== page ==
ANDREWS - Quietly magical, the swallowtailed kite glides for miles without flicking a wing. To see a pair sweeping past a huge 1,000-year-old cypress is to glimpse the beauty of the Black River.
Black River conserved land
Nearly all the riverfront bottom on both banks has been conserved with these groups from the Highway 41 bridge outside Andrews to Mount Pleasant Plantation 10 miles downstream:
Group Acres River frontage
Ducks Unlimited 2,986 3.2 miles
The Nature Conservancy 2,460 10.6 miles
Wetland Reserve Program 1,331 3 miles
Pee Dee Land Trust 980 2.5 miles
Source: The Nature Conservancy
What's going on along the river an hour north of Charleston might be the quietest and most significant conservation effort around. Already some 47,000 acres have been put into conservation easement - virtually all of it by private property owners. The effort is beginning to rival the championed private-public partnership that created the quarter-million-acre preserve in the ACE Basin south of Charleston.
The Nature Conservancy just worked out a conservation easement on 600 acres, including nearly four miles of river frontage on private land outside Andrews. This is in a critical area of cypress bottoms known as "the narrows," downstream of the S.C. 41 bridge. Nearly 8,000 acres and most of the riverfront on both banks are now protected for 10 miles downstream.
The environs are considered the tidal reach heart of place. The bottoms "filter," or clean freshwater. Because of that they are a rich plant and insect food source; they act as nurseries for any number of wildlife species that are native to the greater Lowcountry.
The bottoms, in other words, is one of the ventricles that keeps the Lowcountry beating.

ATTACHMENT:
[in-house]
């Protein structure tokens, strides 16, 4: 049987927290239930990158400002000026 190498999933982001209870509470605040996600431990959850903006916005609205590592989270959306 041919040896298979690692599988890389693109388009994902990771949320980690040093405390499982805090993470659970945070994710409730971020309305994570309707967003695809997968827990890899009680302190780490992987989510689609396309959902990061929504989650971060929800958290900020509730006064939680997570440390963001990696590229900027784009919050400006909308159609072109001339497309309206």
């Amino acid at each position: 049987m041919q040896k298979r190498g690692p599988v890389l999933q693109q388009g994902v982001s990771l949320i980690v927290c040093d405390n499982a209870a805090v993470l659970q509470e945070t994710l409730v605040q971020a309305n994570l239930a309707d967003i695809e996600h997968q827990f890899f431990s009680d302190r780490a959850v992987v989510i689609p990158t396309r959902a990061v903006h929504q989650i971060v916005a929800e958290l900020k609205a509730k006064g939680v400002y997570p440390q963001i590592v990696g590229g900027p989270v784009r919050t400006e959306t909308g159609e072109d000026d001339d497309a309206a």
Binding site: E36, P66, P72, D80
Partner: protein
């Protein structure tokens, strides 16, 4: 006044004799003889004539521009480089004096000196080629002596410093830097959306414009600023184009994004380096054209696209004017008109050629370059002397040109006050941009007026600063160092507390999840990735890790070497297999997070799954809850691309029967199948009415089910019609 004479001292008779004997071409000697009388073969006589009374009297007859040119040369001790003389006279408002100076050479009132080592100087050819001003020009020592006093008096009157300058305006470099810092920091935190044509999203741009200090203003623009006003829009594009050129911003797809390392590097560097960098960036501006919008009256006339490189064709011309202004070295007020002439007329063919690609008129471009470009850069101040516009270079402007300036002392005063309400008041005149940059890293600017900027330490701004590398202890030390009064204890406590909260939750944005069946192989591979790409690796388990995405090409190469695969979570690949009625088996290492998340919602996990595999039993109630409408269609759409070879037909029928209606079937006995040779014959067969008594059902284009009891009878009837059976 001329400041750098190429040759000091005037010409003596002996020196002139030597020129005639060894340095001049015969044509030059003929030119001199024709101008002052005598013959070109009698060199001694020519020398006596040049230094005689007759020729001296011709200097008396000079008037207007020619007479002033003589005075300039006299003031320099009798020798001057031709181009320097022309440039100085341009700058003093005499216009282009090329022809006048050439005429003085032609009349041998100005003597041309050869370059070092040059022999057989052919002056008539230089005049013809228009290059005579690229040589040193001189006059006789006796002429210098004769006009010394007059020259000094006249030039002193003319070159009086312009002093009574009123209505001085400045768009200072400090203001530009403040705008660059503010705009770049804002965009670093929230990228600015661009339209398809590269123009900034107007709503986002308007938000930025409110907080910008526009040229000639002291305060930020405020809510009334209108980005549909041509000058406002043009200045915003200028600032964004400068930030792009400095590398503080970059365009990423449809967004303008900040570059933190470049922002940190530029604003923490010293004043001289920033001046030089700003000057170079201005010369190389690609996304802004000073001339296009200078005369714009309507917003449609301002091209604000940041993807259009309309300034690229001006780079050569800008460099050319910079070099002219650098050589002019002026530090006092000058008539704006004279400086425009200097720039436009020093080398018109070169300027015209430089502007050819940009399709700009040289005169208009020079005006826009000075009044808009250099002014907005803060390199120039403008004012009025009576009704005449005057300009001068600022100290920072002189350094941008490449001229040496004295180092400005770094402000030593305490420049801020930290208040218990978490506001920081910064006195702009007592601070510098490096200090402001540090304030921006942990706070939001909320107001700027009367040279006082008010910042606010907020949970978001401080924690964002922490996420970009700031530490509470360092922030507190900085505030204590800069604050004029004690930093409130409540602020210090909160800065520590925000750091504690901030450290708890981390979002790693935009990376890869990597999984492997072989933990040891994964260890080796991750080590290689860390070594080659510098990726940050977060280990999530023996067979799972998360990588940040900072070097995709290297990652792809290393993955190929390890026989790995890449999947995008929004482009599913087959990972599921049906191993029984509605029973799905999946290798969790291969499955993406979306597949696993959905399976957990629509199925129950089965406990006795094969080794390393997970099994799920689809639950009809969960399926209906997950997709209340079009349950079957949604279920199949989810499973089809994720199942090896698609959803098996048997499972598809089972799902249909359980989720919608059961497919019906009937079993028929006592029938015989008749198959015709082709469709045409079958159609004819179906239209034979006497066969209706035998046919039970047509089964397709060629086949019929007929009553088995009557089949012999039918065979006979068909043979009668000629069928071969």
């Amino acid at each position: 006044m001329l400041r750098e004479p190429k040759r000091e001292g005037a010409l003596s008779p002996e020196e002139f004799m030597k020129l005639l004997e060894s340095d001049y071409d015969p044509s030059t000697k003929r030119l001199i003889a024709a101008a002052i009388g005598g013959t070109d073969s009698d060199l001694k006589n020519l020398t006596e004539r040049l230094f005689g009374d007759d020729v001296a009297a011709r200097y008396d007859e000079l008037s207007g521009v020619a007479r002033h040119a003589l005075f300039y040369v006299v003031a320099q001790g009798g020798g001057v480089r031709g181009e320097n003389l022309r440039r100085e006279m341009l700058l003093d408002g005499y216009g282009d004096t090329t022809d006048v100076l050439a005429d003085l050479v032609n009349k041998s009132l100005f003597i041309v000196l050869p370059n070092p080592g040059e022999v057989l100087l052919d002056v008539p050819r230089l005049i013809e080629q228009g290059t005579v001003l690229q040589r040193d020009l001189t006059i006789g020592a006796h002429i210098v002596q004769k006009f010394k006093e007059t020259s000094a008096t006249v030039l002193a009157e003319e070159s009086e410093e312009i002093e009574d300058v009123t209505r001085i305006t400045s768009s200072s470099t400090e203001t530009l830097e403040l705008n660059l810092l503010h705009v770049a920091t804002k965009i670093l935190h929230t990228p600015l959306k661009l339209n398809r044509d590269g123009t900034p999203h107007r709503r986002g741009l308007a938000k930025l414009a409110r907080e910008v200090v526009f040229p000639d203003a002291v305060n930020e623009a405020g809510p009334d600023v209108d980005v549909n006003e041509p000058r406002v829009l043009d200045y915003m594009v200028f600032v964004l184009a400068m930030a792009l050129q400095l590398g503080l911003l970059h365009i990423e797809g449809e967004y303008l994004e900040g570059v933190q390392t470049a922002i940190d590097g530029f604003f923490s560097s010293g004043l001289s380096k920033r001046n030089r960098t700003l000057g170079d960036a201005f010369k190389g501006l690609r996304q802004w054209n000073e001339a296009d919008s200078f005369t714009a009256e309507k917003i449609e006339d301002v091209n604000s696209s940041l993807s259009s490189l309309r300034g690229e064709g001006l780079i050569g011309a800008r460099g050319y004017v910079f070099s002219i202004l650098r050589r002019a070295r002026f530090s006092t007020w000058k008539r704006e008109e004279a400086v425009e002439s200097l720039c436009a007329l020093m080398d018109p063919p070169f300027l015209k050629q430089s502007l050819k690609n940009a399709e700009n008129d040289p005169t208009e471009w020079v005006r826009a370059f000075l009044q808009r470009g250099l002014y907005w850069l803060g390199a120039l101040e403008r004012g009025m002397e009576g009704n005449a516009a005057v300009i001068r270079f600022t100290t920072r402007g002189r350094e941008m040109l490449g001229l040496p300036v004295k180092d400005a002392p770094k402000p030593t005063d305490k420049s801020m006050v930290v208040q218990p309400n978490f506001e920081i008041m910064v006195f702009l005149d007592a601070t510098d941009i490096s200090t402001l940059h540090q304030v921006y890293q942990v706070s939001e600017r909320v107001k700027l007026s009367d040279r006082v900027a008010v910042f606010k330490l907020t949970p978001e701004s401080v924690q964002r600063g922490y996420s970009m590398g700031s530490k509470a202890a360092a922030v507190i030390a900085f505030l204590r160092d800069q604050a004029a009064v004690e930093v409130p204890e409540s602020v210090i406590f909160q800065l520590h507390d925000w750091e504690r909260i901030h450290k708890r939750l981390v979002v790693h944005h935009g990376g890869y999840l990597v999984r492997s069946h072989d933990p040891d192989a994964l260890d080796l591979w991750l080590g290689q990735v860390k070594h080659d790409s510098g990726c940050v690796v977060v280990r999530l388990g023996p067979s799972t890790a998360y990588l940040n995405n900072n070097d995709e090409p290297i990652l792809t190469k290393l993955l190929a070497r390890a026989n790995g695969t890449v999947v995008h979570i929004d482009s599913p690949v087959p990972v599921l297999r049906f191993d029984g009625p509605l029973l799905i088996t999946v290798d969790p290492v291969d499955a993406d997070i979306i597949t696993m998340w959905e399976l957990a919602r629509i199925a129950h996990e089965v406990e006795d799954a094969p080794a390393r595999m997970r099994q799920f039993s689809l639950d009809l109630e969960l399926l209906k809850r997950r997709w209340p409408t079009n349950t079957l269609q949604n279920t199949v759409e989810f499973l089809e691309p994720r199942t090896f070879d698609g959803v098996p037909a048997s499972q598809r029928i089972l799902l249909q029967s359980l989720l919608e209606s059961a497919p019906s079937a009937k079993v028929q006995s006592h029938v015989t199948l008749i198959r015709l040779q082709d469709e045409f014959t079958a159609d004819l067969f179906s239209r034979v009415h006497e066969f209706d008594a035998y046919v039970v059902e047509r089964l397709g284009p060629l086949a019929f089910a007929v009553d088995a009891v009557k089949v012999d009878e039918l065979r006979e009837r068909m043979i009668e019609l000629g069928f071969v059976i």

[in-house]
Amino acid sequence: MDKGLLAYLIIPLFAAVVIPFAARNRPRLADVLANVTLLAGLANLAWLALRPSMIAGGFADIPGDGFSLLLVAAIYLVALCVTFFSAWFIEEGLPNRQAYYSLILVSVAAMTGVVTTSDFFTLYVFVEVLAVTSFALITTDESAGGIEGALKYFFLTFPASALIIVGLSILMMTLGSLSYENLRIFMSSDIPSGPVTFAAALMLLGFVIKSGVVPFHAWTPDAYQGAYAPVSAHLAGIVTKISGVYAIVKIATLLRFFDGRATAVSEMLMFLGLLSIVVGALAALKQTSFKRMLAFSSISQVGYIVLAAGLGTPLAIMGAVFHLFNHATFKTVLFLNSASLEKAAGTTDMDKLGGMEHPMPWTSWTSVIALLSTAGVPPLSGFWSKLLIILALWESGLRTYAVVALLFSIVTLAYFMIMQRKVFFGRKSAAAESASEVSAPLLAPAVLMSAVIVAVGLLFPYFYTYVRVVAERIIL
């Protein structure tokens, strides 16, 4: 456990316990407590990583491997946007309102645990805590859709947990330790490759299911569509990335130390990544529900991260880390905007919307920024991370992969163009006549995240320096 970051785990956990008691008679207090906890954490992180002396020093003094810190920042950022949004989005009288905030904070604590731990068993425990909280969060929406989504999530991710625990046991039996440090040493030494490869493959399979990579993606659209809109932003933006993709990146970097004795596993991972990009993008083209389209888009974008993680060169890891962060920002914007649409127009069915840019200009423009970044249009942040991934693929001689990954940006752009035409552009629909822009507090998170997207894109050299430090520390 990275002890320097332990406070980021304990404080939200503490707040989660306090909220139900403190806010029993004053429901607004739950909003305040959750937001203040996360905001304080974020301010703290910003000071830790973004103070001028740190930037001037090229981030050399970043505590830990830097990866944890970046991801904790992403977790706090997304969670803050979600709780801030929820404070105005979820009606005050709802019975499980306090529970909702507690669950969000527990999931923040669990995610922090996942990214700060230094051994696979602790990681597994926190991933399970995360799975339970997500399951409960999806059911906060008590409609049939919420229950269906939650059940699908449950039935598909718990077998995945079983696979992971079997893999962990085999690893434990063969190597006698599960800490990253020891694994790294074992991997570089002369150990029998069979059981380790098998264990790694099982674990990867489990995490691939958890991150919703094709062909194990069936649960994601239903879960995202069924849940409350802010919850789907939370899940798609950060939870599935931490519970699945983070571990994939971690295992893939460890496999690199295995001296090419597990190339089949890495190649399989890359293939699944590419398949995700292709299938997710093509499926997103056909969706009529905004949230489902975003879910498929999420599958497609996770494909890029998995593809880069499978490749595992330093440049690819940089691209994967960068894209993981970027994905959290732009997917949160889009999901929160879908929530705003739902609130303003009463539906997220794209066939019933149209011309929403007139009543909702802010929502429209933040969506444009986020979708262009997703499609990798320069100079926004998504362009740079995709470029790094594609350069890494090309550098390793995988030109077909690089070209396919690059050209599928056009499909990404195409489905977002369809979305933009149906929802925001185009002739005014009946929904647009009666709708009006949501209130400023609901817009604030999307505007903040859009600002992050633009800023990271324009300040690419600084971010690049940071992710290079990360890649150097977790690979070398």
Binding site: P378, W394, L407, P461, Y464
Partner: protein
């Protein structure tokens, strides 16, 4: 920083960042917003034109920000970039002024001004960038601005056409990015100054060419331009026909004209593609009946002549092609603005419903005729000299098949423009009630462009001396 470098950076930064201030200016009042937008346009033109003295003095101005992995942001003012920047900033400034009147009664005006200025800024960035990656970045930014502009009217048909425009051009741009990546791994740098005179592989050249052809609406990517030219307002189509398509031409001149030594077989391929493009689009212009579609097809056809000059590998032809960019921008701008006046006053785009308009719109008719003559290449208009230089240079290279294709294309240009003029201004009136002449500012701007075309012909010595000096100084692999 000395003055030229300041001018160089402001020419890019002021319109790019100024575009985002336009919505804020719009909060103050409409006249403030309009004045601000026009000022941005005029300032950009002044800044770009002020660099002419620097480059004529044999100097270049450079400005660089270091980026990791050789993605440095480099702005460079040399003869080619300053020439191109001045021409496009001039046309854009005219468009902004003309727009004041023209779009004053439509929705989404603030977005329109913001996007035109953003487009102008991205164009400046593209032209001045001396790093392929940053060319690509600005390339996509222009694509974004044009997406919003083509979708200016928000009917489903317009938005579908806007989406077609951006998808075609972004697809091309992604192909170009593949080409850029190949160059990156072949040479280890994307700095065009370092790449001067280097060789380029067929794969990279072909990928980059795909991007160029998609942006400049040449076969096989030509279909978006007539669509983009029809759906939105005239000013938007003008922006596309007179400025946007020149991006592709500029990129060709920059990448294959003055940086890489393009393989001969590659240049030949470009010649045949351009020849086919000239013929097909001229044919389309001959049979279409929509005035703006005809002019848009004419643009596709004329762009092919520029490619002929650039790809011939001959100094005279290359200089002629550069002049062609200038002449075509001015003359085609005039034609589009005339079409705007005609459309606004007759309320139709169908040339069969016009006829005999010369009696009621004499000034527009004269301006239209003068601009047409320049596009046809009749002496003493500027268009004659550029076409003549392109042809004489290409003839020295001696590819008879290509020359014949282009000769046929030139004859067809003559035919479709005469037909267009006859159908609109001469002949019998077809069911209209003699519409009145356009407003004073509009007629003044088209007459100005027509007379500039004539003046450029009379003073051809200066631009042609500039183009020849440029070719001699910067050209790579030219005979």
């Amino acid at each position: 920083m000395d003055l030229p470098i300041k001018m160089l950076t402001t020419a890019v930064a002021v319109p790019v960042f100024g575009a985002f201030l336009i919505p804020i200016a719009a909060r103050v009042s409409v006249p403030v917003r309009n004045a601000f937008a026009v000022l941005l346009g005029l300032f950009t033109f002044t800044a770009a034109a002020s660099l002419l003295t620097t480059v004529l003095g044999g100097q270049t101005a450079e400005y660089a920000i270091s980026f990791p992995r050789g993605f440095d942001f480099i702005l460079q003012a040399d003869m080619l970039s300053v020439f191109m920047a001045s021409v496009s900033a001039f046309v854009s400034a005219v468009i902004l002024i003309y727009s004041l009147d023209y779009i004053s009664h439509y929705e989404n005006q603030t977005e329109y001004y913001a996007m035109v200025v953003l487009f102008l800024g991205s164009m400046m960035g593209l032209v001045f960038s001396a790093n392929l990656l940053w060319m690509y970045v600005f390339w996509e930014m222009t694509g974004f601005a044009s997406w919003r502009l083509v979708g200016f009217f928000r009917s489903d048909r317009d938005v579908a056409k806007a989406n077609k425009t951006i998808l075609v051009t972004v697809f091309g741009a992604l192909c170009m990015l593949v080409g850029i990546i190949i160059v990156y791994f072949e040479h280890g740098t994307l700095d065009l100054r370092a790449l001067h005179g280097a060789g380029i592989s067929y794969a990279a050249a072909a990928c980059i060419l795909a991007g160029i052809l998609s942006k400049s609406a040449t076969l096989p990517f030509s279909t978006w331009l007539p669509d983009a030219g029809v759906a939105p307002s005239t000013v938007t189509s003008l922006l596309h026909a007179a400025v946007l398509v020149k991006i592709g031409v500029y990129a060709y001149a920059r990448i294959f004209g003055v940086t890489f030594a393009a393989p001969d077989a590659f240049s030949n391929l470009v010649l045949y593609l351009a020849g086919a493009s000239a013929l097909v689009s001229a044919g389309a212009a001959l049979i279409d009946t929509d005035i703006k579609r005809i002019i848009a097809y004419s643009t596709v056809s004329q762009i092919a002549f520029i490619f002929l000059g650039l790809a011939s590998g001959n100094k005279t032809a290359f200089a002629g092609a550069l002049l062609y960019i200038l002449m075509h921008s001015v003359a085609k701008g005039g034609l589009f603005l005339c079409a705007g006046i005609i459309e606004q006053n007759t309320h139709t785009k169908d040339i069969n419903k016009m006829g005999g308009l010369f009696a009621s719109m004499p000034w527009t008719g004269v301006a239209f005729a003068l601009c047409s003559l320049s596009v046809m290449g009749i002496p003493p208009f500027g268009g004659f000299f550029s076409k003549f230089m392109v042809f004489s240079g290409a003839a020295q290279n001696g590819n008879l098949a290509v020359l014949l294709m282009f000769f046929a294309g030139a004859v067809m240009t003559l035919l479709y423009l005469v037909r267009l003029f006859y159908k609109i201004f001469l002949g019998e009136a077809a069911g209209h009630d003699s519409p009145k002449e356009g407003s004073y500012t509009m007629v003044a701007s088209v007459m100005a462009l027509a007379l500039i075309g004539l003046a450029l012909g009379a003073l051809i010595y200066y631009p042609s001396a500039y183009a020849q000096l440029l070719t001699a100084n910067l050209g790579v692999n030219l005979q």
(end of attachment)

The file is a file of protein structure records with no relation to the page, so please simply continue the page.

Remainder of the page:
"It's the most important type of forest to protect and there's so little old growth left," said Maria Whitehead of the Nature Conservancy.
To understand how important the bottoms are to Charleston and the Lowcountry, you need to appreciate the swallowtailed kite and David Stahle's core-sampling work on old growth cypress.
The swallowtailed kite is a sleek white raptor with distinctive black fringe on its long wings and a forked tail. The wings and tail work so efficiently that the bird can glide to a stop in midair. It's so keenly adapted to flight it almost never touches the ground. It might be the most graceful bird in the air.
The raptor is so mobile that after years of sighting reports, researchers still don't know enough about how many there are to know whether it's an endangered species.
But conservationists do know that their habitat - the old hardwood bottoms and insect-fluttering forage fields that are found along the narrows - is gradually being lost to development and industries such as logging.
The cypress bottoms of the Black River are considered one of the most important breeding areas in the state for kite, Whitehead said.
They also are the spark that awakened surrounding property owners to the value of conserving their lands.
Whitehead is the Winyah Bay and Pee Dee River basin project director for the Nature Conservancy, which now holds more than 2,000 acres along the narrows under her purview. About half that acreage came in one fell swoop, after Bill Baughman slogged neck deep into the bottoms during the winter.